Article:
FARMINGTON, Utah — Farmington High School is now home to a state Smash champion after winning the Super Smash Bros. 1 v 1 State Championship Thursday.
The event was streamed over Zoom to all Utah high schools that had participated in the regional tournaments leading to the championship.
As FOX 13 previously reported, this championship was facilitated by ITeam USA, which offers its eSports program to schools throughout the state of Utah.
While the livestream was plagued with a number of audio issues, all eyes were focused on the flashy fracas as students and spectators bore witness to high-level play usually seen in professional tournaments, where knowledge of the game’s inner workings can make the difference between victory and defeat.
In a series of 5 fast-paced matches, Spencer “WatermelonMan” Wright from Farmington took home the win against Nathan “BBQ” Swiderski from Westlake High School with four wins and one loss.
Wright fought as "Steve," the protagonist of Mojang’s best-selling sandbox game, Minecraft, who was added to the roster of Super Smash Bros. Ultimate last October. Swiderski fought as the Pokémon, "Jigglypuff," who has been a mainstay in the series since the original Super Smash Bros. for the Nintendo 64.
"My secret to winning... just playing very patiently," Wright said in the post-match interview. "Not rushing it, not being greedy for damage…”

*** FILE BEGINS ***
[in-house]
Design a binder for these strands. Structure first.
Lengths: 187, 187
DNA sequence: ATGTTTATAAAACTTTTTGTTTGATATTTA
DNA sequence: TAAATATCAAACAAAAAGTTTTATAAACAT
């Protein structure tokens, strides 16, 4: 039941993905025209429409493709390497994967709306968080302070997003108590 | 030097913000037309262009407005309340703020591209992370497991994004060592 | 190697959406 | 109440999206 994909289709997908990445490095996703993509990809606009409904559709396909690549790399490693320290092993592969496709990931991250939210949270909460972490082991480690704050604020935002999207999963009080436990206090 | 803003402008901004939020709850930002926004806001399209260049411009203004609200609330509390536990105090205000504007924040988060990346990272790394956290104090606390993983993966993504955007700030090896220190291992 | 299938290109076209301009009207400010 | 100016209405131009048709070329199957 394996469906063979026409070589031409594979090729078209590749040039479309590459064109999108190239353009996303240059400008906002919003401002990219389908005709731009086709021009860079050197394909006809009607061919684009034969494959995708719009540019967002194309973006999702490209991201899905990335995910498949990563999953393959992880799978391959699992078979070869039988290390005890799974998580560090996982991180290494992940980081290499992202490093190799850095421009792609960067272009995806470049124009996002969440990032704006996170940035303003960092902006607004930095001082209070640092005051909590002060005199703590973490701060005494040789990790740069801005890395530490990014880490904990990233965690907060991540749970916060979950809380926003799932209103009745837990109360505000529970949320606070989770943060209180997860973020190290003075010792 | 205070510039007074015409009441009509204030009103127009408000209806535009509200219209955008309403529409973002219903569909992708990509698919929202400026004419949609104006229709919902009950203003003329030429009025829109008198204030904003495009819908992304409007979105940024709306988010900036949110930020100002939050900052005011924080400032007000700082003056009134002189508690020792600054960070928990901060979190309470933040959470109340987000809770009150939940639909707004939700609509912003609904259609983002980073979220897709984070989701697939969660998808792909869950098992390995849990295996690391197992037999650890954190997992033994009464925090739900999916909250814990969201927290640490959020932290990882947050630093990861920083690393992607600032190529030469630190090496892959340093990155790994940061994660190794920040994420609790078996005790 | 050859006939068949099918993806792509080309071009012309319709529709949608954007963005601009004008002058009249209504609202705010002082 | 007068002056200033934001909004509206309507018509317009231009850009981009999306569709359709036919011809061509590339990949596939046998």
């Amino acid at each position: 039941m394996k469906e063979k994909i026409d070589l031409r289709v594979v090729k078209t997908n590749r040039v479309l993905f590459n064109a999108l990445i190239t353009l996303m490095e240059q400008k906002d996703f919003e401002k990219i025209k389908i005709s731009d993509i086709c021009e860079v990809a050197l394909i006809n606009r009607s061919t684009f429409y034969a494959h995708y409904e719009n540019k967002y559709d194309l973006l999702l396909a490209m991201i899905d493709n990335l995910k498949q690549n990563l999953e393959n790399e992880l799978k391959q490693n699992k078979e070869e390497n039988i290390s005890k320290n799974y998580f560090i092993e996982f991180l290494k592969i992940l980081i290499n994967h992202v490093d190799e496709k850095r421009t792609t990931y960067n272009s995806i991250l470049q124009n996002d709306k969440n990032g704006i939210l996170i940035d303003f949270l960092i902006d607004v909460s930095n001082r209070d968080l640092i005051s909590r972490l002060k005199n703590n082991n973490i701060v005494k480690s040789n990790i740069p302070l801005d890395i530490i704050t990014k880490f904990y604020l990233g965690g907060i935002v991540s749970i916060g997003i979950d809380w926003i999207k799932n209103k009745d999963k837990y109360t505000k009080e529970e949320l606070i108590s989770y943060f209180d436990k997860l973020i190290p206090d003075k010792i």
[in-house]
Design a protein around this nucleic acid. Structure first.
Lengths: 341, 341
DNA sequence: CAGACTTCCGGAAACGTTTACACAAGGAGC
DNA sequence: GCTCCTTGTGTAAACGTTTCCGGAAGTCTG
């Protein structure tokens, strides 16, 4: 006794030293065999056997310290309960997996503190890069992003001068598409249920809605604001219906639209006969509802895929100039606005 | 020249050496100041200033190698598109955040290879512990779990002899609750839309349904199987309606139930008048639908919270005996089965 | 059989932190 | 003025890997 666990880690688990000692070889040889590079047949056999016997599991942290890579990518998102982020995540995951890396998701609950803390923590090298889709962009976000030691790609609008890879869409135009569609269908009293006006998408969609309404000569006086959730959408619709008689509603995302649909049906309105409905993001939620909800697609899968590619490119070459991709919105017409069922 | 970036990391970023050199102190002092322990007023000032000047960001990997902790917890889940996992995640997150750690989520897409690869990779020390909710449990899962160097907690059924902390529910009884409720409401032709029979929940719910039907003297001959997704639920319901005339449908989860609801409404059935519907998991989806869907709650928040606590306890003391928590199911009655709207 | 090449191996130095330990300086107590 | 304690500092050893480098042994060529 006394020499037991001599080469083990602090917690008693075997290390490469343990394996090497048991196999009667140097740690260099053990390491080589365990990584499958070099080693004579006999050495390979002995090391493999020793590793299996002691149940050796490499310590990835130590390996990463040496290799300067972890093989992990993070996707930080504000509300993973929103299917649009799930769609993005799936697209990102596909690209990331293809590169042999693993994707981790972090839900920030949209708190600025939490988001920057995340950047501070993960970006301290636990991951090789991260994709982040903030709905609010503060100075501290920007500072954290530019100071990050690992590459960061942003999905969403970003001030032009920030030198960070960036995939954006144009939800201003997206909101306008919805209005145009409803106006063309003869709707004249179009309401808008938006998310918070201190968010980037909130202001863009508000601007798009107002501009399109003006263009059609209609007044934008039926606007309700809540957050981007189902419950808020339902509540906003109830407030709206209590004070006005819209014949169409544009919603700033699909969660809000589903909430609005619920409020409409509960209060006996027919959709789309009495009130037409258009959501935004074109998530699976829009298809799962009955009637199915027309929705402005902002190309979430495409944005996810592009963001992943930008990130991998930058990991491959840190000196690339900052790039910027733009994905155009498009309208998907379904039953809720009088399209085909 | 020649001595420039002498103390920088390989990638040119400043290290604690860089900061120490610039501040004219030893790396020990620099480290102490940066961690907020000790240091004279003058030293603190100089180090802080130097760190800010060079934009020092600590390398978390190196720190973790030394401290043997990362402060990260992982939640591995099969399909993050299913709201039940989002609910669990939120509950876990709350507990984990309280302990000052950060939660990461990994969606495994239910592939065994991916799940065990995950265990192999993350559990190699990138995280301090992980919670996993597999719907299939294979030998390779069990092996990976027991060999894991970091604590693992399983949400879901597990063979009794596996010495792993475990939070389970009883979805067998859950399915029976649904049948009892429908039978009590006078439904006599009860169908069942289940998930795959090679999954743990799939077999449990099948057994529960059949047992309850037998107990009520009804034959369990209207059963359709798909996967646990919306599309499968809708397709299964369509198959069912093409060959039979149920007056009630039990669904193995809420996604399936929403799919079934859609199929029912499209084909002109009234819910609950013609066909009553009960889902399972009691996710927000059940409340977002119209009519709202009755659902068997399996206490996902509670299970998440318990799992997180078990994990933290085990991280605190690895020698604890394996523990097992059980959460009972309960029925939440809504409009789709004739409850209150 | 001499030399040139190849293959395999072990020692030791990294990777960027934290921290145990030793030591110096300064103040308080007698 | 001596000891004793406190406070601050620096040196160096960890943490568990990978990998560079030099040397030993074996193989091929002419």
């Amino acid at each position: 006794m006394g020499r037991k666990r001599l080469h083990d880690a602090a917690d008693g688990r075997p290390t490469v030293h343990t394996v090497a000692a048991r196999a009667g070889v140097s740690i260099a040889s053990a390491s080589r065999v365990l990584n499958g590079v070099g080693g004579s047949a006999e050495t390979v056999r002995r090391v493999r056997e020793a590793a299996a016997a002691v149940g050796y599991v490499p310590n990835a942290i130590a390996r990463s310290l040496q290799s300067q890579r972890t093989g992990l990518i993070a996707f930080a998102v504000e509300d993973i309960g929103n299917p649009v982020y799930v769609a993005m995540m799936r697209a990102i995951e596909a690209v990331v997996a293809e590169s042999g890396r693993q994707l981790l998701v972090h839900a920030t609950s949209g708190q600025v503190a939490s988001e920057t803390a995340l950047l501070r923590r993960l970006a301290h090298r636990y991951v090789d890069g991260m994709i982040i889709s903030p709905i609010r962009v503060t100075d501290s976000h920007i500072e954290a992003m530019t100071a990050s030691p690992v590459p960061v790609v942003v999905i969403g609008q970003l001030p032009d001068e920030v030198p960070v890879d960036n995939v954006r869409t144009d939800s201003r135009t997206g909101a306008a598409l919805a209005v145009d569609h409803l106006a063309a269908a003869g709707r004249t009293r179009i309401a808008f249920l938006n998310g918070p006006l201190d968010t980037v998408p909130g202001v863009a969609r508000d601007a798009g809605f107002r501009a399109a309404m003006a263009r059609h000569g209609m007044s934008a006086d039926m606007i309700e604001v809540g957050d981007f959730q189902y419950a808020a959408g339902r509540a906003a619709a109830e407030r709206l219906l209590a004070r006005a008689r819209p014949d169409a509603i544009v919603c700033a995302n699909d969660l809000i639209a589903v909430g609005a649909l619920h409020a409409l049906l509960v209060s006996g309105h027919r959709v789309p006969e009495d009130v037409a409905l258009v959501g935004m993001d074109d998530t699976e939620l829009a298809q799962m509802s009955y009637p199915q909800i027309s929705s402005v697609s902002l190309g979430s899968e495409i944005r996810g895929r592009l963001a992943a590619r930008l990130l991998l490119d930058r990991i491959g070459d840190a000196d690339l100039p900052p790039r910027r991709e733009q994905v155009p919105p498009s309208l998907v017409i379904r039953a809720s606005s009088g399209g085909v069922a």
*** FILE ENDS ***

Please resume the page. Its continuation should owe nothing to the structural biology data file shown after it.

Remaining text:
In Super Smash Bros., the player’s goal is to damage their opponent’s character and eventually knock them out of the arena. Each character has a repertoire of standard and special attacks ranging from punches, kicks, grabs, and techniques drawn from the respective game series they’re pulled from.
Following a strict ruleset outlined by ITeam USA, the matches were timed stock matches, with each player having three stocks, or lives, and a maximum time limit of 8 minutes. Items, a controversial game mechanic in the tournament scene, was disabled and players were limited to a set list of stages to ensure that the outcome was attributed to player skill, as opposed to in-game hazards.
After the match, a number of awards were given out to students for other ITeam computer science competitions, with the ITeam USA staff, comprised of students themselves, receiving special accolades from State Sen. Dan Thatcher (R-West Valley City).
“With tenacity, with courage, and with pioneering spirit,” said Thatcher. “These young people really took the vision of ITeam and helped spread it throughout the state and to all of their fellow students.”
In addition to Super Smash Bros. Ultimate, ITeam USA also facilitates events for Riot Games’ League of Legends and Psyonix’s Rocket League.
The match was commentated by Connor “SDH” Cameron and McKay “Zurg” Oustrich, the respective chief officers for Digital Media and eSports for ITeam USA.